The $227 billion budget proposal from Gov. Kathy Hochul is being praised by mental health care advocates for its spending plans that would expand the number of beds for people struggling with mental illnesses as well as more housing and $60 million funding for the new 988 helpline.
But state Senate Health Committee Chair Samra Brouk is pushing for more in the final budget deal, which is expected to be in place by March 31.
Brouk in a statement called for more than a 2.5% pay increase for workers in the mental health field in order to improve retention and recruitment.
"The governor’s proposed one billion dollar investment into our state’s mental health system is an opportunity for New York to finally correct decades of divestment that has left our friends and neighbors without the support they deserve," Brouk said. "Now, in a time when countless New Yorkers are seeking mental health treatment, our communities are woefully underprepared to meet the growing need that exists—and we have an obligation to act."
Mental health care organizations have long pointed to the funding needs in order to expand the ranks of workers who provide care to vulnerable people and those struggling with mental health. The COVID pandemic has strained the workforce over the last several years.
"To that end, a 2.5% cost of living adjustment for these workers is insufficient, and if we truly want to make mental health care accessible for our most at-risk residents, we must ensure that these adjustments are indexed to inflation," Brouk said.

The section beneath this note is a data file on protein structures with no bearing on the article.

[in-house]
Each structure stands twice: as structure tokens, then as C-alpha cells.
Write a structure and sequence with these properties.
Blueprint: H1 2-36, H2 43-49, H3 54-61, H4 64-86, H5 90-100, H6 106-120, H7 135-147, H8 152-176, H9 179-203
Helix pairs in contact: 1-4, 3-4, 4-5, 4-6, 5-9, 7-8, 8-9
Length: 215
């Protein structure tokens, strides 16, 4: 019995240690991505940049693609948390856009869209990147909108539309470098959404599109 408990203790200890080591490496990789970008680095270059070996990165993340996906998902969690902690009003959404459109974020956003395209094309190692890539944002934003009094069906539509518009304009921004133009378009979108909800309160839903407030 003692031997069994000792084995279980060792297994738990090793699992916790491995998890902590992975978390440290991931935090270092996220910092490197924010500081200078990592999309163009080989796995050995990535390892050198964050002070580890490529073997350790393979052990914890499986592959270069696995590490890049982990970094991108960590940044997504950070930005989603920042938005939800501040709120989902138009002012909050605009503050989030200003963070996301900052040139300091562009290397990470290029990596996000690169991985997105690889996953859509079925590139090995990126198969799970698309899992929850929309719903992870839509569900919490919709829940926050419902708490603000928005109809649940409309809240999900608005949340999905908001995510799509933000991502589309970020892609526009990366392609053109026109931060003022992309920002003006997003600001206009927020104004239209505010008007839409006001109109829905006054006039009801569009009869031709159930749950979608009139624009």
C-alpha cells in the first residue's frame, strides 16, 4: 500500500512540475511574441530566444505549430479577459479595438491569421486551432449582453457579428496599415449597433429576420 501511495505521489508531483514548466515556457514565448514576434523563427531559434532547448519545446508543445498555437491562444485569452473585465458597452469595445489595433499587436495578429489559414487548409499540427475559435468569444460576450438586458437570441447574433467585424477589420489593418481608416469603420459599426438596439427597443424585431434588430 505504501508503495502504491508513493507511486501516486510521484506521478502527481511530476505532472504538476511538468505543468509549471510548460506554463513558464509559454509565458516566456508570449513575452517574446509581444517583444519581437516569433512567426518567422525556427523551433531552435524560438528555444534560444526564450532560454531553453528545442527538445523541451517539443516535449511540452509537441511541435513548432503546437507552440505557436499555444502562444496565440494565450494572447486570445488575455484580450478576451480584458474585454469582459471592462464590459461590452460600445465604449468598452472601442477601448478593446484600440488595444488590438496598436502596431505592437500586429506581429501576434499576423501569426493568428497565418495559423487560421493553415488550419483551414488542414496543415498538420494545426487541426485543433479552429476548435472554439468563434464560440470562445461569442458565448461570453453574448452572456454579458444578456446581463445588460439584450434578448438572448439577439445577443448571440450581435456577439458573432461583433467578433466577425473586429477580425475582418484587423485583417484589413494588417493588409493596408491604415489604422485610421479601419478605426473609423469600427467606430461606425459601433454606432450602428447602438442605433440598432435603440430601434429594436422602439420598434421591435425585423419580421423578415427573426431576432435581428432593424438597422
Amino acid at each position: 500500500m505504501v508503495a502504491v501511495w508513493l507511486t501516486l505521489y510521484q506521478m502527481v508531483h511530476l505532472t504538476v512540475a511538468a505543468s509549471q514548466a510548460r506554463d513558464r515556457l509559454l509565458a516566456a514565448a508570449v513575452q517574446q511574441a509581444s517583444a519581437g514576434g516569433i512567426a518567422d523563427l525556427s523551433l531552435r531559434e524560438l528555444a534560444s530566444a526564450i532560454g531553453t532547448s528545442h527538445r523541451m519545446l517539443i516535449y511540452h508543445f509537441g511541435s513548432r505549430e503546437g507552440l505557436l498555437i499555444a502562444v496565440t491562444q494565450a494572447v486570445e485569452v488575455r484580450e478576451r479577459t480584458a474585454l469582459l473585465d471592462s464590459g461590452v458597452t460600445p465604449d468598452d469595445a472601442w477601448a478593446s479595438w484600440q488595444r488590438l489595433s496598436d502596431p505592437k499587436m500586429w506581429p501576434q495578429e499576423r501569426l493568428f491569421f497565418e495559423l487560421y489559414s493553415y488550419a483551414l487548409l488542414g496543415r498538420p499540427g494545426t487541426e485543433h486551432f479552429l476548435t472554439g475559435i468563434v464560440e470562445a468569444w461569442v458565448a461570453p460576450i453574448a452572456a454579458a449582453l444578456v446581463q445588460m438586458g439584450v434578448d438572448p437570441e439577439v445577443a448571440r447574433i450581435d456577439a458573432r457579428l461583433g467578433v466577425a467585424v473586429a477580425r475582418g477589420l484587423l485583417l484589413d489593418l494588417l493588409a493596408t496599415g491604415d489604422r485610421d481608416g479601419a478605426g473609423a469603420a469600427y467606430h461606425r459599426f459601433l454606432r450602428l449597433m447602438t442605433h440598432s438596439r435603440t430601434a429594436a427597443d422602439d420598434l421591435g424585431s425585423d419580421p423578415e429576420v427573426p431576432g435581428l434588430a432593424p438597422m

A Rochester Democrat, Brouk is also backing the passage of a measure that would create mental health care teams to respond to a person who is in a mental health crisis. The measure is meant to meant to remove police from such situations, and is named in honor of Daniel Prude, who died in 2020 after being restrained by police.
Following an investigation, the officers involved in the incident did not face any charges.
Brouk said funding for 988 and helping people like Prude are intertwined. Passing the measure to create the mental health crisis units would "make 988 as strong as possible," Brouk said.
Correction: An earlier version of this post incorrectly state Brouk's position on a cost-of-living increase.